I feel like I have been very handily proven wrong, and I’m really happy about that. So part of the reason we actually did join Lifetime Fitness is because it’s within; and this is not an ad or anything like that. They’re not a sponsor. But we did go ahead and join. It’s a really big gym. Intimidatingly big. And it’s kind of like this full-service gym. They’ve got a café. They’ve got childcare. They’ve got a ton of classes. It’s enormous. They’ve got a spa. They’ve got an indoor pool. And it’s expensive, but it’s actually not any more expensive than CrossFit.

I just kind of decided; I told you this on the phone or on Voxer the other day. I’m not going to waste the fact that I’m close to all of these resources now. It was really hard to leave the farm. But now that we’re closer to things that I could actually use and take advantage of without having to drive an hour and a half to keep myself healthy, I’m going to do that.

So I was really impressed with what I learned on my tour there. I talked to some of the trainers who work upstairs. And they were talking about corrective exercise, and the neurological component to exercise and how a lot of the work that people need to do to get healthy is figuring out your movement cues and doing that really brain heavy stuff, where you're figuring out how your body needs to move and figuring out why you’ve been compensating in different ways. So I was really impressed with that.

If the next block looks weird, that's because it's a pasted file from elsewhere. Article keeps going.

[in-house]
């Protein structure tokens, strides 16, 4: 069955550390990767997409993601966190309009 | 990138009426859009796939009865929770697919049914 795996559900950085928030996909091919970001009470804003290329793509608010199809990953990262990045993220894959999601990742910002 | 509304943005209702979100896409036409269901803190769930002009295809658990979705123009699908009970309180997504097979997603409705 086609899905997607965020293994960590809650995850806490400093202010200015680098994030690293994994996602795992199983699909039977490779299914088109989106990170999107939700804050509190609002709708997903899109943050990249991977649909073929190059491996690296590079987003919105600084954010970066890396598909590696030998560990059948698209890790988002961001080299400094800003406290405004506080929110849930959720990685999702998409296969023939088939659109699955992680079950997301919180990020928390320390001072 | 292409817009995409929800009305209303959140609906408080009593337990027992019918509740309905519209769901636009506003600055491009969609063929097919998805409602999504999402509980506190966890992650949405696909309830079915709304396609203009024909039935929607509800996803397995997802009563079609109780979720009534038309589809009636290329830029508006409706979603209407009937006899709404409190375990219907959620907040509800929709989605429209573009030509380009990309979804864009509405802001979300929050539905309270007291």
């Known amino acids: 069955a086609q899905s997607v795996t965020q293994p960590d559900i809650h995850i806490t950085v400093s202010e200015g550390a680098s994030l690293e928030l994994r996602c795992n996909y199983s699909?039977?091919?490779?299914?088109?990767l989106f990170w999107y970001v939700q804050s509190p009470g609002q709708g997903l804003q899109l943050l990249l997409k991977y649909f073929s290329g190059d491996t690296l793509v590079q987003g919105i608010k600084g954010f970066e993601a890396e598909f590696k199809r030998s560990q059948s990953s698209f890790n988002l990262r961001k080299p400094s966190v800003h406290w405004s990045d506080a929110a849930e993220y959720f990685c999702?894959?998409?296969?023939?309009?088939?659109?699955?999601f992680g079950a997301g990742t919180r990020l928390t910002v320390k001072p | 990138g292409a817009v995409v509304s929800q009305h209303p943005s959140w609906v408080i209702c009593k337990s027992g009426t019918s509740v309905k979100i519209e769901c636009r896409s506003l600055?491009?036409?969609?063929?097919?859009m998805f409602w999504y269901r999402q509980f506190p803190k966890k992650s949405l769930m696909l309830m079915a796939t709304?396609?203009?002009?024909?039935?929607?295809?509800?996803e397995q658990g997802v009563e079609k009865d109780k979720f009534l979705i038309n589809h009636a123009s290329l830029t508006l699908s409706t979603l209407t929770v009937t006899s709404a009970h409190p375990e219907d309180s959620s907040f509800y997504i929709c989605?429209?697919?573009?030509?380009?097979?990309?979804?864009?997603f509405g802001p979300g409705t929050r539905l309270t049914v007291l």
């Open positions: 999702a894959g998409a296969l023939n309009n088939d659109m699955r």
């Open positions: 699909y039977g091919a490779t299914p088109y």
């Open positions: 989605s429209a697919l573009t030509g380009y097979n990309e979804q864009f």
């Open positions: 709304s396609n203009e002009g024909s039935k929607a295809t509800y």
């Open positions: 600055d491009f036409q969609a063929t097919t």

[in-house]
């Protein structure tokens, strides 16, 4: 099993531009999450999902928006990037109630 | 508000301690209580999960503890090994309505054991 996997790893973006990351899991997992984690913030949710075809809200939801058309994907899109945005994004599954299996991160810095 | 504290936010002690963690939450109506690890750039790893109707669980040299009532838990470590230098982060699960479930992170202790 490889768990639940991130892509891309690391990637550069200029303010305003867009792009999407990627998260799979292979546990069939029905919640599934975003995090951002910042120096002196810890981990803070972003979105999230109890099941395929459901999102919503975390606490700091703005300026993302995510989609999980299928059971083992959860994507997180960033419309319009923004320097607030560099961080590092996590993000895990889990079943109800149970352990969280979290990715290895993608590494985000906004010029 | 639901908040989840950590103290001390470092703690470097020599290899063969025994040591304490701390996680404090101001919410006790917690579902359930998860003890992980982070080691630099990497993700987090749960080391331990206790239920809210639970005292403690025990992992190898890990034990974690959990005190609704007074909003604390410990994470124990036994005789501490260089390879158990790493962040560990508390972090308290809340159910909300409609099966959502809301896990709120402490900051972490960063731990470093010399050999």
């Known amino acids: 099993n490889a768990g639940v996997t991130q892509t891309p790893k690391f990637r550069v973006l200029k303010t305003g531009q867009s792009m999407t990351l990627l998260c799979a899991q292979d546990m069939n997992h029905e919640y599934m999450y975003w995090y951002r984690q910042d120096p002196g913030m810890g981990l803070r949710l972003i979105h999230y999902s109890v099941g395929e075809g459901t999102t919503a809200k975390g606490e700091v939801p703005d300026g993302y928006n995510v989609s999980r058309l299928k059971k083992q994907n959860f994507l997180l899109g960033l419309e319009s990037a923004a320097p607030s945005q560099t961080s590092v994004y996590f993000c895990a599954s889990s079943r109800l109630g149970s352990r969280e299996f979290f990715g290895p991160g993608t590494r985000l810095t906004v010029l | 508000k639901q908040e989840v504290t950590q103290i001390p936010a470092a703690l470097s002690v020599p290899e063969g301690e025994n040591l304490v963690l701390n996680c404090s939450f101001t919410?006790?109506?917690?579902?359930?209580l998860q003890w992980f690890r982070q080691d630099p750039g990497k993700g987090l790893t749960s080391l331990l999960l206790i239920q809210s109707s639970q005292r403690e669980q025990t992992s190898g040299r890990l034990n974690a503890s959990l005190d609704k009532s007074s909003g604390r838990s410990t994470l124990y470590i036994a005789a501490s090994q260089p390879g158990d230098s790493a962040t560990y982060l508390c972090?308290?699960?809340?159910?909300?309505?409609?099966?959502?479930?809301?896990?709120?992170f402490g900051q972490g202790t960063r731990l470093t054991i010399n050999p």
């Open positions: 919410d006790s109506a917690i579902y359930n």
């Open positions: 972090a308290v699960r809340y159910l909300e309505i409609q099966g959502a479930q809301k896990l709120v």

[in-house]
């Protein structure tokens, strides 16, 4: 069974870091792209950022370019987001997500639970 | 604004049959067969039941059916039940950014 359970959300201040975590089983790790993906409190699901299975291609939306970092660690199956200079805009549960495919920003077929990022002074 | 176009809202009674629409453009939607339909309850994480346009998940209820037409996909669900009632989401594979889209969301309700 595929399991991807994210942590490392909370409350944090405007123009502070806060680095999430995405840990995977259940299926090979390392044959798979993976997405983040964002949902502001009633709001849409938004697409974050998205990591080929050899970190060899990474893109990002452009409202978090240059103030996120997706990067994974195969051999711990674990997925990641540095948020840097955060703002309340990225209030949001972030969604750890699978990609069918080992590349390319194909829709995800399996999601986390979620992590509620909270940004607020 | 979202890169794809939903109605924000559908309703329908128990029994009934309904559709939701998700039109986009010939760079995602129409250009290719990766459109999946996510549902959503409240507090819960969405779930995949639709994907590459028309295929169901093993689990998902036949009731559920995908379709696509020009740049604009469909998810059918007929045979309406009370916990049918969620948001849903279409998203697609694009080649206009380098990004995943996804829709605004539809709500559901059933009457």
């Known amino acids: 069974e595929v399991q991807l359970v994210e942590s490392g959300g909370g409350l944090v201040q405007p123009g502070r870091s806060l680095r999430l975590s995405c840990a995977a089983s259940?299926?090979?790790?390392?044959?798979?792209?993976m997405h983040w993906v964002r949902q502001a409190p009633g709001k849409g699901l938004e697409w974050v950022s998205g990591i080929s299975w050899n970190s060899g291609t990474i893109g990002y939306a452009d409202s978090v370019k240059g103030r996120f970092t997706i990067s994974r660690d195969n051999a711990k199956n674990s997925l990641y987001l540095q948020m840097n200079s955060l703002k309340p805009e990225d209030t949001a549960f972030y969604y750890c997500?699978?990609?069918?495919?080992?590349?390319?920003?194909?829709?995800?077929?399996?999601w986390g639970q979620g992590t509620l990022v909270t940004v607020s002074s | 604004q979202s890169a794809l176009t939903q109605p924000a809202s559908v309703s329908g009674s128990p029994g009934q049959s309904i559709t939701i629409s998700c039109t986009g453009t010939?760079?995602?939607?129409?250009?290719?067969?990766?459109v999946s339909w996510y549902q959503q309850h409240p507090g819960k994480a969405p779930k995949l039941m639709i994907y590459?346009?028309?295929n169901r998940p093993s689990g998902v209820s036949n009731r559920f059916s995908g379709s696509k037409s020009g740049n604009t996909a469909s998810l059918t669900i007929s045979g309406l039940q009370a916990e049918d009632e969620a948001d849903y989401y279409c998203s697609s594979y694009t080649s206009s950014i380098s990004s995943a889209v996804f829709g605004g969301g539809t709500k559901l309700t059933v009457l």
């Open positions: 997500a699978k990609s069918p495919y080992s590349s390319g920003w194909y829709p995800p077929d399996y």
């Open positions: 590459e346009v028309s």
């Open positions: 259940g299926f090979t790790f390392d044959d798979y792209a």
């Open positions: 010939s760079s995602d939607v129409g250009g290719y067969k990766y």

And when I sat down. You know, they give you a free consultation with a trainer. And I sat down basically expecting to roll my eyes a little bit. But when I sat down with this trainer, and he basically talked about four pillars, or something like that to get healthier. And he was totally on board with the fact that I was not in this for vanity, I just want to get healthier for my family. Take advantage of these resources. He sat down and he said; “The most important things you're going to need to think about when you come in every day is how stressed are you? Because if your stress level is high, you're going to need to modify your workout accordingly.” And I was like; oh my god, people know this? This is incredible.

And then he talked about nutrition, and how that was important. He talked about sleep. And I’m just sitting there basically wanting to give this guy a hug, like; oh my gosh, people are talking about this! This is amazing!

Diane Sanfilippo: {laughs} Amazing.

Liz Wolfe: So I was kind of sold from that point on. So I haven’t actually used the childcare yet. I’m still a little bit leery of that. Because obviously I’ve just got the one kid, and I’m still in that place where I’m like; I can’t just leave her in a drop-in childcare room!

Diane Sanfilippo: All the parents with multiple kids are like; just drop them off.

Liz Wolfe: Drop them off. We’re good. And you know, I’ll get there. So it’s been good. And I’m excited about it.

Diane Sanfilippo: That’s awesome.

Liz Wolfe: Yeah.

Diane Sanfilippo: Dare I ask; have you gone and worked out? Or you just joined.